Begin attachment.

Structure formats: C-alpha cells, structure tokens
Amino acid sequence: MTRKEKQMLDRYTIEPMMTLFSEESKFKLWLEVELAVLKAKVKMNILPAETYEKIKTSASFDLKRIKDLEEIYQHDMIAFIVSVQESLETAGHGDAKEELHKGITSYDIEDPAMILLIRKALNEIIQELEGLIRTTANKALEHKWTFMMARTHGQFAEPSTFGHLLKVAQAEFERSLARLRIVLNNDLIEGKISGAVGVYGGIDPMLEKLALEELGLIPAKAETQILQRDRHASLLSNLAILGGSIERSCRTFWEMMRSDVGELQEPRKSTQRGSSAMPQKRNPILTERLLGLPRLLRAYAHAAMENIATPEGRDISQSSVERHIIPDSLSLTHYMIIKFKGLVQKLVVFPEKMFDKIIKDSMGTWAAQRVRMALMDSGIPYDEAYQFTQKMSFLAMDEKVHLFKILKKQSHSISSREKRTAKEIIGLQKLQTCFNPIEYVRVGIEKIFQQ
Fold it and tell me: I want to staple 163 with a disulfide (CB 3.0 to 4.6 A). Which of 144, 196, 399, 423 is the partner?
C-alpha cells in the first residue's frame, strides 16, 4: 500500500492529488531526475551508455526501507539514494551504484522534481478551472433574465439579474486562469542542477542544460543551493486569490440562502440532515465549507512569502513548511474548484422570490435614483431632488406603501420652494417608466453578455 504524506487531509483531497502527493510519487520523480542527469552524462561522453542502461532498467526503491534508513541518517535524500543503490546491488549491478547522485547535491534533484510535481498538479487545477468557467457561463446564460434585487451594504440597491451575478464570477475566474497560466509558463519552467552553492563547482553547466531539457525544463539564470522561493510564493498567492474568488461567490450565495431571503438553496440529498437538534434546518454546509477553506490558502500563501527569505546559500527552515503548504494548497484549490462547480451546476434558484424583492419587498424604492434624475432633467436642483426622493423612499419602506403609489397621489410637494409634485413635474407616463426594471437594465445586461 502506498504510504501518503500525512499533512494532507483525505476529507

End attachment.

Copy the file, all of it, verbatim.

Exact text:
Structure formats: C-alpha cells, structure tokens
Amino acid sequence: MTRKEKQMLDRYTIEPMMTLFSEESKFKLWLEVELAVLKAKVKMNILPAETYEKIKTSASFDLKRIKDLEEIYQHDMIAFIVSVQESLETAGHGDAKEELHKGITSYDIEDPAMILLIRKALNEIIQELEGLIRTTANKALEHKWTFMMARTHGQFAEPSTFGHLLKVAQAEFERSLARLRIVLNNDLIEGKISGAVGVYGGIDPMLEKLALEELGLIPAKAETQILQRDRHASLLSNLAILGGSIERSCRTFWEMMRSDVGELQEPRKSTQRGSSAMPQKRNPILTERLLGLPRLLRAYAHAAMENIATPEGRDISQSSVERHIIPDSLSLTHYMIIKFKGLVQKLVVFPEKMFDKIIKDSMGTWAAQRVRMALMDSGIPYDEAYQFTQKMSFLAMDEKVHLFKILKKQSHSISSREKRTAKEIIGLQKLQTCFNPIEYVRVGIEKIFQQ
Fold it and tell me: I want to staple 163 with a disulfide (CB 3.0 to 4.6 A). Which of 144, 196, 399, 423 is the partner?
C-alpha cells in the first residue's frame, strides 16, 4: 500500500492529488531526475551508455526501507539514494551504484522534481478551472433574465439579474486562469542542477542544460543551493486569490440562502440532515465549507512569502513548511474548484422570490435614483431632488406603501420652494417608466453578455 504524506487531509483531497502527493510519487520523480542527469552524462561522453542502461532498467526503491534508513541518517535524500543503490546491488549491478547522485547535491534533484510535481498538479487545477468557467457561463446564460434585487451594504440597491451575478464570477475566474497560466509558463519552467552553492563547482553547466531539457525544463539564470522561493510564493498567492474568488461567490450565495431571503438553496440529498437538534434546518454546509477553506490558502500563501527569505546559500527552515503548504494548497484549490462547480451546476434558484424583492419587498424604492434624475432633467436642483426622493423612499419602506403609489397621489410637494409634485413635474407616463426594471437594465445586461 502506498504510504501518503500525512499533512494532507483525505476529507